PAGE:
Just because we can see the destination… doesn’t mean we’re there yet.
In October last year, M2woman hosted the latest in their continuing series of forums about gender diversity and pay equity in the workplace. As the enthusiastic attendance and participation showed, this is a conversation that is seen as necessary and valuable in the New Zealand work environment.
This time the panel led us to a wider discussion of perhaps broadening the definition of what diversity means in the workplace.
With such a wealth of experience and diverse skill sets, our panelists laid out some simple truths they have learnt along the way, and some fascinating insights they were happy to share.
Many of the attendees had read some of the statistics that had come out of the study commissioned by M2woman in 2018. Statistics that highlighted how far we still have to go in this journey. The continued support for this Journey to Excellence forum probably says, more than anything else does, that these people and their companies recognise that it is just that – a journey.
When 83% of New Zealanders believe we have a diverse population, yet only 68% of them believe we have a diverse workforce, change is needed. When 39% of the workforce have personally experienced discrimination, change is needed. And when 63% of New Zealanders think that a diverse workforce is important for business success, we know that change can happen.
It quickly became clear throughout the presentation however, that it is time to broaden our ideas around what diversity looks like in the workplace. So often we think that it must simply mean more women. Or at least an equal number of women in key roles. But really, diversity is not just a gender or an ethnicity. We all have a gender, an ethnicity, a sexuality, an ability, or possibly a disability. Diversity is about difference, not assuming everyone is only what they appear.
We lag behind other countries and tend to follow rather than lead in taking active measures to improve women’s representation. In fact New Zealand seems to be setting a rather low bar, and has no definitive targets in place to date.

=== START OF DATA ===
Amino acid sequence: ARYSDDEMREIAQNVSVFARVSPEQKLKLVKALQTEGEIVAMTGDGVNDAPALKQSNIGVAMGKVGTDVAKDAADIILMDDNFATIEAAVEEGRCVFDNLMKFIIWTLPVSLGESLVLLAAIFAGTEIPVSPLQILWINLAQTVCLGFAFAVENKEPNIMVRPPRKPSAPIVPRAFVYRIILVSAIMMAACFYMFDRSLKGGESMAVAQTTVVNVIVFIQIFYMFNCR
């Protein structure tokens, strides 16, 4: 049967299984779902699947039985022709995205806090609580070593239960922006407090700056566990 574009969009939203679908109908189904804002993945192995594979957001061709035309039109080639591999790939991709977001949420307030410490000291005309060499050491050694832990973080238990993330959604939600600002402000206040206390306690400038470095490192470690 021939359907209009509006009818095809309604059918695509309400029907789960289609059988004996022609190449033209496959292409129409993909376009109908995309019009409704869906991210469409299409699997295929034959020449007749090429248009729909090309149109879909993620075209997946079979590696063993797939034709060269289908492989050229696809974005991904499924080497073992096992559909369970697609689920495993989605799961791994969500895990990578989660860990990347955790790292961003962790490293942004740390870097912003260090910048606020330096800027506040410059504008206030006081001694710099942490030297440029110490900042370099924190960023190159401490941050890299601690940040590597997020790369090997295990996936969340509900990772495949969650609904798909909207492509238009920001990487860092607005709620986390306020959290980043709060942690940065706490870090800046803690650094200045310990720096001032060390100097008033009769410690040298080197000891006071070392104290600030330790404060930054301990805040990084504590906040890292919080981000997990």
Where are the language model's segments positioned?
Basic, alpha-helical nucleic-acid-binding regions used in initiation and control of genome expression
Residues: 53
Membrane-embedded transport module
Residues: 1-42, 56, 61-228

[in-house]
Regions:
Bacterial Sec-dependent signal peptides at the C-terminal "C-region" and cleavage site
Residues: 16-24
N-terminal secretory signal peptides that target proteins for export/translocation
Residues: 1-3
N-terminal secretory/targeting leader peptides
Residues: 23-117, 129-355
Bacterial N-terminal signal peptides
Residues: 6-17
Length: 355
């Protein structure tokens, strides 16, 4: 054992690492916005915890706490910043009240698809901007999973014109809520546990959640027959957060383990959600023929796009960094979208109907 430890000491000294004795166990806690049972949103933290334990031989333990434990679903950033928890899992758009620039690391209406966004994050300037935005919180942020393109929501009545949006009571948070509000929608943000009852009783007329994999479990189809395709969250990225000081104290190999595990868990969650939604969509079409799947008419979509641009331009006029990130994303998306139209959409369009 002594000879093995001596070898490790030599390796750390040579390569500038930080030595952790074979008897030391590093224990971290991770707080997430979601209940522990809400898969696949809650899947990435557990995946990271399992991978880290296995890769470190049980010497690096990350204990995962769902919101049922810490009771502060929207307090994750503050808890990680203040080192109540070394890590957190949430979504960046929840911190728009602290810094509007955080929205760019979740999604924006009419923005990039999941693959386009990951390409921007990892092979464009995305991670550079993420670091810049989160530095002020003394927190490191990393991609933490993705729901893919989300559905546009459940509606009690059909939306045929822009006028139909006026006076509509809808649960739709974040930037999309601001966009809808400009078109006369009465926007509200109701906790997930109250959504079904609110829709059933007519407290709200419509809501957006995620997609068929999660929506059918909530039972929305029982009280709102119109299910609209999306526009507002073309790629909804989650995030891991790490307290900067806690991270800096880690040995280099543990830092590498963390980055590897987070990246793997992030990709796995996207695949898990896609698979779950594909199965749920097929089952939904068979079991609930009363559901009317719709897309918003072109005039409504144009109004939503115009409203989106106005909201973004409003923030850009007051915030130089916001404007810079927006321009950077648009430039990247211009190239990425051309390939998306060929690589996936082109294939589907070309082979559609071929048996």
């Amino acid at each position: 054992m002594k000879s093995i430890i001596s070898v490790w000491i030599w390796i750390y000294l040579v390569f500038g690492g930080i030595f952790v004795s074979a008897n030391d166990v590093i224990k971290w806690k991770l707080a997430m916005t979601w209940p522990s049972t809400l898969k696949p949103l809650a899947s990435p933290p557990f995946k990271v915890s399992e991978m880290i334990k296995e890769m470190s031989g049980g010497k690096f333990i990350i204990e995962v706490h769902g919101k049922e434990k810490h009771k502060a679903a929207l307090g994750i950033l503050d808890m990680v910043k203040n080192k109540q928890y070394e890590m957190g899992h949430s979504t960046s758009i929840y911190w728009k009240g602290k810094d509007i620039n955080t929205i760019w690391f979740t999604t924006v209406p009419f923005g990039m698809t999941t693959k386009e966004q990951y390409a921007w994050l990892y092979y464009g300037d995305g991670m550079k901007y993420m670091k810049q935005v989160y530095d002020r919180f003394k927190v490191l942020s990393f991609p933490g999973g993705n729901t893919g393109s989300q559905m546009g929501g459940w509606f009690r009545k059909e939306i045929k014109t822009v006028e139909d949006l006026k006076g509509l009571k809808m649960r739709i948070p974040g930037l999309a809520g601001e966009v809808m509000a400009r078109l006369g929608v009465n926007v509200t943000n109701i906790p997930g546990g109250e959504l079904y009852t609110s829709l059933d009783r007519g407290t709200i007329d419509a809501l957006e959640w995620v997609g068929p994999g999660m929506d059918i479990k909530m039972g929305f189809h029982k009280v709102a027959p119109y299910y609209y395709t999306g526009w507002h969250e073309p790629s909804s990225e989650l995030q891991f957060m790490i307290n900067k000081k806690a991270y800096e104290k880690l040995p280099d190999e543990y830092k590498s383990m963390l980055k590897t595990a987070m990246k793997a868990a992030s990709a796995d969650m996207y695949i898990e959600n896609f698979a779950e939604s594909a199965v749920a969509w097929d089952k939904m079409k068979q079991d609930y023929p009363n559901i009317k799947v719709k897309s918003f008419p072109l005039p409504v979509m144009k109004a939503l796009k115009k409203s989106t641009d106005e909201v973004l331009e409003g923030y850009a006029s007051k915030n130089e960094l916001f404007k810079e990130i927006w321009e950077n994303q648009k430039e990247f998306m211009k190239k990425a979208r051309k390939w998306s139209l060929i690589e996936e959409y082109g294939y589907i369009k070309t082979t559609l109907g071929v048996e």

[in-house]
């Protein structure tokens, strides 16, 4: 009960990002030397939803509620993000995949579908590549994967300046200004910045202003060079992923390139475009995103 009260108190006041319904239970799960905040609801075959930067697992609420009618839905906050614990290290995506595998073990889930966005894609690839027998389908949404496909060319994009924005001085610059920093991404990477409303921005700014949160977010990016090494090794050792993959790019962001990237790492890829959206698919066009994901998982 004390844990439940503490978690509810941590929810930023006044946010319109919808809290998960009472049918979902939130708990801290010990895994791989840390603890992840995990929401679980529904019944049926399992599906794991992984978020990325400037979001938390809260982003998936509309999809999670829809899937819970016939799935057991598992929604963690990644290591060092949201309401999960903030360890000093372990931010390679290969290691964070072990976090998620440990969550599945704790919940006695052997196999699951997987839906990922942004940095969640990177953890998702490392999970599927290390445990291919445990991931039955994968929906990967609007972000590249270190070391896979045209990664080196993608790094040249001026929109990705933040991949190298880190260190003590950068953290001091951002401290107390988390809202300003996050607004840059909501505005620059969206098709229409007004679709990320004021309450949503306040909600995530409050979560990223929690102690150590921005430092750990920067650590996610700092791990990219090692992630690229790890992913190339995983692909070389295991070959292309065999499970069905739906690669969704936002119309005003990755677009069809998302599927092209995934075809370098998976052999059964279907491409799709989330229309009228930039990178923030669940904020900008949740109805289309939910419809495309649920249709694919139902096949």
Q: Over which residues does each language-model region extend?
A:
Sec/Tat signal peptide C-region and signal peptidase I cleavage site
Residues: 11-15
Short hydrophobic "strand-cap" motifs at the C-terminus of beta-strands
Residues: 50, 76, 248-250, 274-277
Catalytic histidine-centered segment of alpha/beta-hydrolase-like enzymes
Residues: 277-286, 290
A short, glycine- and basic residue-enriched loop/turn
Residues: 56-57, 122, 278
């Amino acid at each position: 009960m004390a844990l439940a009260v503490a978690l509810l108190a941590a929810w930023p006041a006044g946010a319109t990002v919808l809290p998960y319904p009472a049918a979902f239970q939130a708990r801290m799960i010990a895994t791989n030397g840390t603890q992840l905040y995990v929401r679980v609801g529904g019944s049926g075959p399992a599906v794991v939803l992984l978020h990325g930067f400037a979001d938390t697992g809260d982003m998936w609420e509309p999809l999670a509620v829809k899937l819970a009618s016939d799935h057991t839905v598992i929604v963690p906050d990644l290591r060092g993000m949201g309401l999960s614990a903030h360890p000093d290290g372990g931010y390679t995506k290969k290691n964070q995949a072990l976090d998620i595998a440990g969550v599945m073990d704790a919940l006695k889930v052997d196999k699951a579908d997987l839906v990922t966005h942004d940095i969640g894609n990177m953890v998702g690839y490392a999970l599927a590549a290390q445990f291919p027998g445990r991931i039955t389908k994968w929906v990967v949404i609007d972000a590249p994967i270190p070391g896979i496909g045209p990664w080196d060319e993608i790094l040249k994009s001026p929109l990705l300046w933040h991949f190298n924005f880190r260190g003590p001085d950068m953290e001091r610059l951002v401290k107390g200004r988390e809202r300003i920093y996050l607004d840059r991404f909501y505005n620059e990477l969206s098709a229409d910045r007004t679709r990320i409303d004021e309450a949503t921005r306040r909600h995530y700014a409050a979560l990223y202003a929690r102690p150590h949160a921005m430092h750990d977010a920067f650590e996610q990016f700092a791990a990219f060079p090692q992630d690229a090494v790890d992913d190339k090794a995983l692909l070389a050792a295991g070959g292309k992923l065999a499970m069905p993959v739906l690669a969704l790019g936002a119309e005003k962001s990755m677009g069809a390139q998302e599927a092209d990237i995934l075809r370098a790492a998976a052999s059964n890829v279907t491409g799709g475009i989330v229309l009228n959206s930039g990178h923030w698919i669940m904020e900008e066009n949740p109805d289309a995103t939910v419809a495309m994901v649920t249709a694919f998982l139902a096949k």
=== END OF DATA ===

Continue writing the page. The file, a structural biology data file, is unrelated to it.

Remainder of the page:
What also became apparent, and was perhaps more unexpected, is that there is a generational divide in experience. The younger women on the panel had definitely had slightly different experiences than those who had been in business longer. Additionally, as the audience chatted together after the panel discussion, there were those young women that found the points made interesting, but were quite convinced that it didn’t apply to them. There was no real recognition that the more senior panellists seem to have had to fight more battles to achieve their success.
As Katherine Wilson pointed out for example, she went into an industry that was female led. And at a time when that was already an established practice, the fashion industry was often female led. She fought other battles of course, from her age to the production shifts that were going on at the time, but she received “so much support from both females and males within my industry”.
She was also lucky enough to grow up in a family with a strong female role model; a mum who encouraged all of her daughters on to further education, and finding their passion. Those women growing up and being educated in the 80s and 90s were always encouraged to believe they could achieve anything. The ‘girl power’ movement, although flimsy and whimsical at the time, still had its influence.